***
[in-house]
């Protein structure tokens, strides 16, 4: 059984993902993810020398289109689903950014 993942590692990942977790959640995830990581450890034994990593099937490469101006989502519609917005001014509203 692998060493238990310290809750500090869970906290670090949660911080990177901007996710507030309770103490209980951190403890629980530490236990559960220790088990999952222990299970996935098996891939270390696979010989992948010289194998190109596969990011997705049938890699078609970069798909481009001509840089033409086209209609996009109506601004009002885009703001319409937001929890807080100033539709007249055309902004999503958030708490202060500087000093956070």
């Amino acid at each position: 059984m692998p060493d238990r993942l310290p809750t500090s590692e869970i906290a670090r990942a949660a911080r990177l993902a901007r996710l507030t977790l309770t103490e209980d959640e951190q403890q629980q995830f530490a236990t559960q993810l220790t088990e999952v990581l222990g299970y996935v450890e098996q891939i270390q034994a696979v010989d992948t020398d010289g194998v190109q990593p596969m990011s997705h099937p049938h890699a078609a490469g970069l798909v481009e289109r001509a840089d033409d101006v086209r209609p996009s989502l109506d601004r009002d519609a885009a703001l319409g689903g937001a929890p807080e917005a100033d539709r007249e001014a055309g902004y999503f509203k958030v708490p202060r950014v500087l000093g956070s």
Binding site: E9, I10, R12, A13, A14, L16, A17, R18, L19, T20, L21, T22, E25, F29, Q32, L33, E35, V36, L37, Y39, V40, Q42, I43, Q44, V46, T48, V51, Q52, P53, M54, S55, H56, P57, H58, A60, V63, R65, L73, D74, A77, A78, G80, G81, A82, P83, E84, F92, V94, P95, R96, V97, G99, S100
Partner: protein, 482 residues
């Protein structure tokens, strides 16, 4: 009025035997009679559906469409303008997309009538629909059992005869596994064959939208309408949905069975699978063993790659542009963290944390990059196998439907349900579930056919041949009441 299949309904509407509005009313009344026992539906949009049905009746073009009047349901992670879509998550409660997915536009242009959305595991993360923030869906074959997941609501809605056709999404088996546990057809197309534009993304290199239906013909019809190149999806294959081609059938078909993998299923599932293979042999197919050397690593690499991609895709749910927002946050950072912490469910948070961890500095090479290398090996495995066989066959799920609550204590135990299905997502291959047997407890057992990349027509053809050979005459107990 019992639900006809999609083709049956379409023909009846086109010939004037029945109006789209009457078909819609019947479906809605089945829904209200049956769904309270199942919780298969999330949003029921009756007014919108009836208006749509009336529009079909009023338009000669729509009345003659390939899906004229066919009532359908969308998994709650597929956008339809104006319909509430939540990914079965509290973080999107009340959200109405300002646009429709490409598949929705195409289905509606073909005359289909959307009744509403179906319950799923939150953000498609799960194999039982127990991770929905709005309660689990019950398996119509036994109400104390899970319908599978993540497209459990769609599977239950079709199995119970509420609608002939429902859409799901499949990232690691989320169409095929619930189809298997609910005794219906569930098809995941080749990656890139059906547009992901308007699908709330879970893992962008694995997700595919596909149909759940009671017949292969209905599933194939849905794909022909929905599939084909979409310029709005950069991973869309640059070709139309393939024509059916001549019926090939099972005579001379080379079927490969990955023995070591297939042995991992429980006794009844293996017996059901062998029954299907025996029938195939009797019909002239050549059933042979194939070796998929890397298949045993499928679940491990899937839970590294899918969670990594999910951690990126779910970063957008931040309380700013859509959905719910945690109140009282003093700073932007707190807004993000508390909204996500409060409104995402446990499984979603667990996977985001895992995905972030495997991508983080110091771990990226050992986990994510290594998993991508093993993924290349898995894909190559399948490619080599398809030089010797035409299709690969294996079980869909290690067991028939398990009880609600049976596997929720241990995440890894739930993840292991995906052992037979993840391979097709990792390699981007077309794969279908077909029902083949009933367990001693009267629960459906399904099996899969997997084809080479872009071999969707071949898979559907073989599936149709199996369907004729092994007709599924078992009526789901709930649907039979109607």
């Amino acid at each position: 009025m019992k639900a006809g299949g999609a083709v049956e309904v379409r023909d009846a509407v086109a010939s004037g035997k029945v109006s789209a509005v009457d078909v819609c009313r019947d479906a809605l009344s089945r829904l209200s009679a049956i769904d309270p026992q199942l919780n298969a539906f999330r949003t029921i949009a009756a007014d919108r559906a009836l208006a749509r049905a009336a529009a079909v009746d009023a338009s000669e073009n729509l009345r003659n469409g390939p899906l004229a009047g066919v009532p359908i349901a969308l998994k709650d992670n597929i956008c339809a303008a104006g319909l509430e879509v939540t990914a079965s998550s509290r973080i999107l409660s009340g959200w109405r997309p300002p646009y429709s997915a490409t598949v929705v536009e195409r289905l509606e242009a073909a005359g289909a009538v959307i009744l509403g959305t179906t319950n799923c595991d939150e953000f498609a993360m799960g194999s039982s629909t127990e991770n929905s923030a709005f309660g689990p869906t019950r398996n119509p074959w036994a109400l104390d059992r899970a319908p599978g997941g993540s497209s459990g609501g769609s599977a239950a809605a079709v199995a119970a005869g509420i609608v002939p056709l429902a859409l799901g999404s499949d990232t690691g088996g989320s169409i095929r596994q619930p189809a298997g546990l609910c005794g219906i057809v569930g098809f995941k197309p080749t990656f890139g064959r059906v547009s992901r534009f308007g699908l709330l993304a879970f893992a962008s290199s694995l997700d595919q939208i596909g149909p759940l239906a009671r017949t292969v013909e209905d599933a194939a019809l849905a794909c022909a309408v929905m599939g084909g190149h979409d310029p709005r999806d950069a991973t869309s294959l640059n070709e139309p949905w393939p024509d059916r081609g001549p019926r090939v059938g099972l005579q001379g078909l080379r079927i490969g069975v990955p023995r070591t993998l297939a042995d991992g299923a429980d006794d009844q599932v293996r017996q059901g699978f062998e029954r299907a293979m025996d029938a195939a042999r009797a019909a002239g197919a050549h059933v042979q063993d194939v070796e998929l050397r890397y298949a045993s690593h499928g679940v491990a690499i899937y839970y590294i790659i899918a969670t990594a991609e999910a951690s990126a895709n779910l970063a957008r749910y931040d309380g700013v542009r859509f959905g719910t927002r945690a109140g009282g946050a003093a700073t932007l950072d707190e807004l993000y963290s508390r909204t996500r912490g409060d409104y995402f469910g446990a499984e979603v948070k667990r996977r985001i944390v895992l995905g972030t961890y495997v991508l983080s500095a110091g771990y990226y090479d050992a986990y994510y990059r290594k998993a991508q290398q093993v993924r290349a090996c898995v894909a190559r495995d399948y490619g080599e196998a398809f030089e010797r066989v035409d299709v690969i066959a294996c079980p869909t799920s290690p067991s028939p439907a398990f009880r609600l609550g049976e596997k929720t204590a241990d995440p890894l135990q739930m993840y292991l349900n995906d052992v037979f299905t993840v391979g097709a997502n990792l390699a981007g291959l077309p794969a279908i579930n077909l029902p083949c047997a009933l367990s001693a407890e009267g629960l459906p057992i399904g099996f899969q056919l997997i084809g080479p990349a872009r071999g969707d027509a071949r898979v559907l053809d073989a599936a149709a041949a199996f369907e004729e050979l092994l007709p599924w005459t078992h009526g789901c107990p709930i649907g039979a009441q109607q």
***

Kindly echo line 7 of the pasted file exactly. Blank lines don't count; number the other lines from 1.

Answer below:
């Amino acid at each position: 009025m019992k639900a006809g299949g999609a083709v049956e309904v379409r023909d009846a509407v086109a010939s004037g035997k029945v109006s789209a509005v009457d078909v819609c009313r019947d479906a809605l009344s089945r829904l209200s009679a049956i769904d309270p026992q199942l919780n298969a539906f999330r949003t029921i949009a009756a007014d919108r559906a009836l208006a749509r049905a009336a529009a079909v009746d009023a338009s000669e073009n729509l009345r003659n469409g390939p899906l004229a009047g066919v009532p359908i349901a969308l998994k709650d992670n597929i956008c339809a303008a104006g319909l509430e879509v939540t990914a079965s998550s509290r973080i999107l409660s009340g959200w109405r997309p300002p646009y429709s997915a490409t598949v929705v536009e195409r289905l509606e242009a073909a005359g289909a009538v959307i009744l509403g959305t179906t319950n799923c595991d939150e953000f498609a993360m799960g194999s039982s629909t127990e991770n929905s923030a709005f309660g689990p869906t019950r398996n119509p074959w036994a109400l104390d059992r899970a319908p599978g997941g993540s497209s459990g609501g769609s599977a239950a809605a079709v199995a119970a005869g509420i609608v002939p056709l429902a859409l799901g999404s499949d990232t690691g088996g989320s169409i095929r596994q619930p189809a298997g546990l609910c005794g219906i057809v569930g098809f995941k197309p080749t990656f890139g064959r059906v547009s992901r534009f308007g699908l709330l993304a879970f893992a962008s290199s694995l997700d595919q939208i596909g149909p759940l239906a009671r017949t292969v013909e209905d599933a194939a019809l849905a794909c022909a309408v929905m599939g084909g190149h979409d310029p709005r999806d950069a991973t869309s294959l640059n070709e139309p949905w393939p024509d059916r081609g001549p019926r090939v059938g099972l005579q001379g078909l080379r079927i490969g069975v990955p023995r070591t993998l297939a042995d991992g299923a429980d006794d009844q599932v293996r017996q059901g699978f062998e029954r299907a293979m025996d029938a195939a042999r009797a019909a002239g197919a050549h059933v042979q063993d194939v070796e998929l050397r890397y298949a045993s690593h499928g679940v491990a690499i899937y839970y590294i790659i899918a969670t990594a991609e999910a951690s990126a895709n779910l970063a957008r749910y931040d309380g700013v542009r859509f959905g719910t927002r945690a109140g009282g946050a003093a700073t932007l950072d707190e807004l993000y963290s508390r909204t996500r912490g409060d409104y995402f469910g446990a499984e979603v948070k667990r996977r985001i944390v895992l995905g972030t961890y495997v991508l983080s500095a110091g771990y990226y090479d050992a986990y994510y990059r290594k998993a991508q290398q093993v993924r290349a090996c898995v894909a190559r495995d399948y490619g080599e196998a398809f030089e010797r066989v035409d299709v690969i066959a294996c079980p869909t799920s290690p067991s028939p439907a398990f009880r609600l609550g049976e596997k929720t204590a241990d995440p890894l135990q739930m993840y292991l349900n995906d052992v037979f299905t993840v391979g097709a997502n990792l390699a981007g291959l077309p794969a279908i579930n077909l029902p083949c047997a009933l367990s001693a407890e009267g629960l459906p057992i399904g099996f899969q056919l997997i084809g080479p990349a872009r071999g969707d027509a071949r898979v559907l053809d073989a599936a149709a041949a199996f369907e004729e050979l092994l007709p599924w005459t078992h009526g789901c107990p709930i649907g039979a009441q109607q």